As of August 2020, over 22 million cases of COVID-19 have been reported worldwide, including almost 800,000 deaths . More and more studies show that genetic predisposition could play a significant role in progression and outcome of COVID-19.
The disease is diagnosed with nearly equal distribution in men and women, but mortality rate is higher in men in almost all countries . A study found that the gene for Angiotensin-converting enzyme 2 (ACE2), the protein used by SARS-CoV-2 as a viral receptor for cell-entry, is located on the X-chromosome. Therefore, men with rare ACE2 coding variants express those variants in all ACE2-expressing cells. Women however, can suppress the expression by X-inactivation. This distinction in ACE2 expression could have implications for the difference of COVID-19 in men and women.
The impact of additional factors for high mortality in COVID-19 needs to be considered as well. Men have a higher occurrence of many of the preconditions that are risk factors for severe COVID-19, such as diabetes and cardiovascular disease. Other gender-based drivers of inequality, such as response to disease or difference in access to health services also play a significant role. 
Independent of gender, genetic predisposition that determine COVID-19 progression have been reported. Molecular characterization of patients with severe COVID-19 identified genetic susceptibility loci for the development of respiratory failure in COVID-19 patients. [4, 5]
Studies also showed that blood type is a biomarker for different susceptibility of COVID-19. Blood group A was associated with an increased risk of infection with SARS-CoV-2, as well as a higher mortality rate. Blood group O was associated with a decreased risk for both infection and mortality rate. [6, 7] How blood types influence the probability of infection and outcome of COVID-19 is still unclear, but one theory is that blood type characteristics on red blood cells play a role in the elimination of the von Willebrand factor (VWF), a protein involved in hemostasis. VWF promotes the formation of venous thromboembolism, which occurs often in severe COVID-19 cases and can lead to an unfavorable outcome. [8, 9]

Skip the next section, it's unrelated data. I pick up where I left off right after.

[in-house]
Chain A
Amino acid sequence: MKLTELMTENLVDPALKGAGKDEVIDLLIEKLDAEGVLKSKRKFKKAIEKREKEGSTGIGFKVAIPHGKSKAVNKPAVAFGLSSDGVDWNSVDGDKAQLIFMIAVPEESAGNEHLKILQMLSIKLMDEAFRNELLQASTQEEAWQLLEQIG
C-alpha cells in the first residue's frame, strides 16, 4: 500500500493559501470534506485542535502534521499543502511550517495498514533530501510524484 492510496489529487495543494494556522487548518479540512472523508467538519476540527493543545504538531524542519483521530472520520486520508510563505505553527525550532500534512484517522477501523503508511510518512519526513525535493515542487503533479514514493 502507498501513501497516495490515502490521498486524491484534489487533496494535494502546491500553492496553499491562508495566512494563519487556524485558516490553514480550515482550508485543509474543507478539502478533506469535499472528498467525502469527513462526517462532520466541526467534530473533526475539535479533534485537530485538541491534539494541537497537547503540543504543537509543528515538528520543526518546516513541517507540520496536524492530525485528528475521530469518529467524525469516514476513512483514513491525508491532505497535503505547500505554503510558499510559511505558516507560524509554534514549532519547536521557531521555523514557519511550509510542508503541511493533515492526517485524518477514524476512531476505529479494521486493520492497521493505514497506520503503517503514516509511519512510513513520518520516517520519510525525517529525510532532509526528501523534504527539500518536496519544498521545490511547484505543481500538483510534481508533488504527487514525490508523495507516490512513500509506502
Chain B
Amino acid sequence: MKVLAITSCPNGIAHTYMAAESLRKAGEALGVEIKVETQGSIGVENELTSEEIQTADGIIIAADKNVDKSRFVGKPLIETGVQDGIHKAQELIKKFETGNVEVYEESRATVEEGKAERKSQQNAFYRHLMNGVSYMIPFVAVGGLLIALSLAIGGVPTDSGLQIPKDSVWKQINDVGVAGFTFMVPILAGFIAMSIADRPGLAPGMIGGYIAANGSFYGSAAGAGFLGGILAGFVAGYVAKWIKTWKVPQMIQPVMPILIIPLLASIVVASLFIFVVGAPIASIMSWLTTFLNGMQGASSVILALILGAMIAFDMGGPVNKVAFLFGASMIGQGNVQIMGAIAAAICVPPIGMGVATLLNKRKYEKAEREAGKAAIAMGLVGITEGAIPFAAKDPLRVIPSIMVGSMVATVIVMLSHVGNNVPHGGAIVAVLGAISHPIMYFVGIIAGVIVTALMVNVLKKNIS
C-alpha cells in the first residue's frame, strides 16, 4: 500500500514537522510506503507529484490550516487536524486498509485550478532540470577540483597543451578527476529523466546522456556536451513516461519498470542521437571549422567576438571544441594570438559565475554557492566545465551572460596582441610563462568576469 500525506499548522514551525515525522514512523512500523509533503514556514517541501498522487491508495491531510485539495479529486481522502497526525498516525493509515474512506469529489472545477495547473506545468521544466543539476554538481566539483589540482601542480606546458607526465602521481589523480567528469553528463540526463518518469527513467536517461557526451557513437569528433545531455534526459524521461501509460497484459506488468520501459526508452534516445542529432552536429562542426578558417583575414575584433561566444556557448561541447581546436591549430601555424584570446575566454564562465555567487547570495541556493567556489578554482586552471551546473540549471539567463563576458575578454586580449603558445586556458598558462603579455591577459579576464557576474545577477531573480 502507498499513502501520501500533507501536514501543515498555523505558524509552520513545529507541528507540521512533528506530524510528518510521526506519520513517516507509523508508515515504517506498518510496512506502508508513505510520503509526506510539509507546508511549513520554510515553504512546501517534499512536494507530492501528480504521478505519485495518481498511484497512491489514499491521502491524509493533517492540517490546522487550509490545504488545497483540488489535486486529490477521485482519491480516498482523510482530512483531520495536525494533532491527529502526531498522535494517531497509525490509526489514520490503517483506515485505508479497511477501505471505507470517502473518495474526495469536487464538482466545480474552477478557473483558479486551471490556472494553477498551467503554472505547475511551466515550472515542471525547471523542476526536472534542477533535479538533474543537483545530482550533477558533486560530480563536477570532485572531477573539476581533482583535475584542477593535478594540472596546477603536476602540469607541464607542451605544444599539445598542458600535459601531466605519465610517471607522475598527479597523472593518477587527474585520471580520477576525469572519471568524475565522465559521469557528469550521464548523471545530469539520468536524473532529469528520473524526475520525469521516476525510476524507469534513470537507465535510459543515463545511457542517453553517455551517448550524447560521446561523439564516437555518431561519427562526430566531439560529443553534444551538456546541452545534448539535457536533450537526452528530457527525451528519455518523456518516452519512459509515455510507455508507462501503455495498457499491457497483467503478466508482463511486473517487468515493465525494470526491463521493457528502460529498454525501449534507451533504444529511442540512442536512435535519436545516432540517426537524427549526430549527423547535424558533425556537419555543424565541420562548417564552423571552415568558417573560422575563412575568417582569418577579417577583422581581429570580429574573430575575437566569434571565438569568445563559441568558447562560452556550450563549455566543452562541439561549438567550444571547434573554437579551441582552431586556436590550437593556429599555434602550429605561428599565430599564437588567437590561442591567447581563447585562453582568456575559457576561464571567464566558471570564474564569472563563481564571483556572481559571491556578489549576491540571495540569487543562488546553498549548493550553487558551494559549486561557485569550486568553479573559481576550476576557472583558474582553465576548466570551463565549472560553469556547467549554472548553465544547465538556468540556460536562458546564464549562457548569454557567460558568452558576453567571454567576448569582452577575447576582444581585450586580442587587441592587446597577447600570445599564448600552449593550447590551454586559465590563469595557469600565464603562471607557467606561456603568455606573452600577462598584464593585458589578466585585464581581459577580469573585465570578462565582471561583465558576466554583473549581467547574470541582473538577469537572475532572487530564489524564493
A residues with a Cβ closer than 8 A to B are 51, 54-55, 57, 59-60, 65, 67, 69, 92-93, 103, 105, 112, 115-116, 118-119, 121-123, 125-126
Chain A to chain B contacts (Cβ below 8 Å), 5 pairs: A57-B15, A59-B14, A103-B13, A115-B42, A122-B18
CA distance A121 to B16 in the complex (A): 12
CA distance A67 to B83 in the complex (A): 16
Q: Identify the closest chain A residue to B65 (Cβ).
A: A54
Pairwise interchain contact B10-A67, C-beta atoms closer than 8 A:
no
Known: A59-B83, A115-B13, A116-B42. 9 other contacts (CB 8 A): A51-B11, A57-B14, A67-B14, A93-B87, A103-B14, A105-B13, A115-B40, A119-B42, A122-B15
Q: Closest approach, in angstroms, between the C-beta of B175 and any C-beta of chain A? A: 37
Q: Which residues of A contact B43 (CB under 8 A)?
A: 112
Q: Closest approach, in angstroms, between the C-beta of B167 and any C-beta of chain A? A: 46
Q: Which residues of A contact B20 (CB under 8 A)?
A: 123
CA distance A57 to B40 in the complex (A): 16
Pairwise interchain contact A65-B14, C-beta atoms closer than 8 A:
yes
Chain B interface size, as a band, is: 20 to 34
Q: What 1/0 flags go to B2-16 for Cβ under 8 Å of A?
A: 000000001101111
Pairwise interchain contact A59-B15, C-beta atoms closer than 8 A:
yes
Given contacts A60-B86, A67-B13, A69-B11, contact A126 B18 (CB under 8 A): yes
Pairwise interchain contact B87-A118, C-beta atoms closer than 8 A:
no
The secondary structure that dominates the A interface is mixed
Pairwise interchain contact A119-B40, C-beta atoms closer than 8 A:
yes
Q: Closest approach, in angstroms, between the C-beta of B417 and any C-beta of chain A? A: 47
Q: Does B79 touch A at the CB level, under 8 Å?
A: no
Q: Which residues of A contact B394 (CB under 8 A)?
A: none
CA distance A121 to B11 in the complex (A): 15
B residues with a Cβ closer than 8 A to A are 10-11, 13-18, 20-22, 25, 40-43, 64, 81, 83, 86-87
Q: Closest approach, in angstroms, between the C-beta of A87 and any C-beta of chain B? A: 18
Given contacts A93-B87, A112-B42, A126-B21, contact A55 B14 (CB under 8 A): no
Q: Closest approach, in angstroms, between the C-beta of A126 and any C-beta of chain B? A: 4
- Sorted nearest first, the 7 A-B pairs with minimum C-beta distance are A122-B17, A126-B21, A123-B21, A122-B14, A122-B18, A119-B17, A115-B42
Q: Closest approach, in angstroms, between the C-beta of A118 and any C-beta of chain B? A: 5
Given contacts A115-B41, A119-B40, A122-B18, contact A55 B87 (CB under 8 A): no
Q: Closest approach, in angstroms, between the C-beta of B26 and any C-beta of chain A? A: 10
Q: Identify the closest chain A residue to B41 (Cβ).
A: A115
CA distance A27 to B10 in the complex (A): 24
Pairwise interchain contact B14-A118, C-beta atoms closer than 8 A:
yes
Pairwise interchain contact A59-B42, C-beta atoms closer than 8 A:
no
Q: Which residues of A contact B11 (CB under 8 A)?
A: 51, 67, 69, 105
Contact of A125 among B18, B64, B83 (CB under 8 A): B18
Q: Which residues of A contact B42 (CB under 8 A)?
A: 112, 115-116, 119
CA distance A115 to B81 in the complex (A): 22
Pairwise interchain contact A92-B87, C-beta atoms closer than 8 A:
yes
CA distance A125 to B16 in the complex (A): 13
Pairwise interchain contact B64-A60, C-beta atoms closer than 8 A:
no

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1. WHO. Coronavirus disease (COVID-19). Situation Report – 209. Data as received by WHO from national authorities by 10:00 CEST, 16 August 2020. www.who.int/docs/default-source/coronaviruse/situation-reports/20200816-covid-19-sitrep-209.pdf
2 . Global Health 50/50. COVID-19 Sex-disaggregated Data Tracker. globalhealth5050.org/covid19/sex-disaggregated-data-tracker/. [accessed on 27.08.2020]
3. Gibson W, et al. ACE 2 coding variants: a potential x-linked risk factor for COVID-19 disease. bioRxiv (2020).
4. Ellinghaus D, et al. The ABO blood group locus and a chromosome 3 gene cluster associate with SARS-CoV-2 respiratory failure in an Italian-Spanish genome-wide association analysis. medRxiv (2020).
5. Benetti E, et al. Clinical and molecular characterization of COVID-19 hospitalized patients. medRxiv (2020).
6. Zhao J, et al. Relationship between the ABO Blood Group and the COVID-19 Susceptibility. medRxiv (2020).
7. Zietz M. Testing the association between blood type and COVID-19 infection, intubation, and death. MedRxiv (2020).
8. Kosta MI, et al. ABO blood group, glycosyltransferase activity and risk of venous thromboembolism. Thrombosis Research (2020).
9. Huisman, Albert, et al. "Involvement of ADAMTS13 and von Willebrand factor in thromboembolic events in patients infected with SARS‐CoV‐2." International Journal of Laboratory Hematology (2020).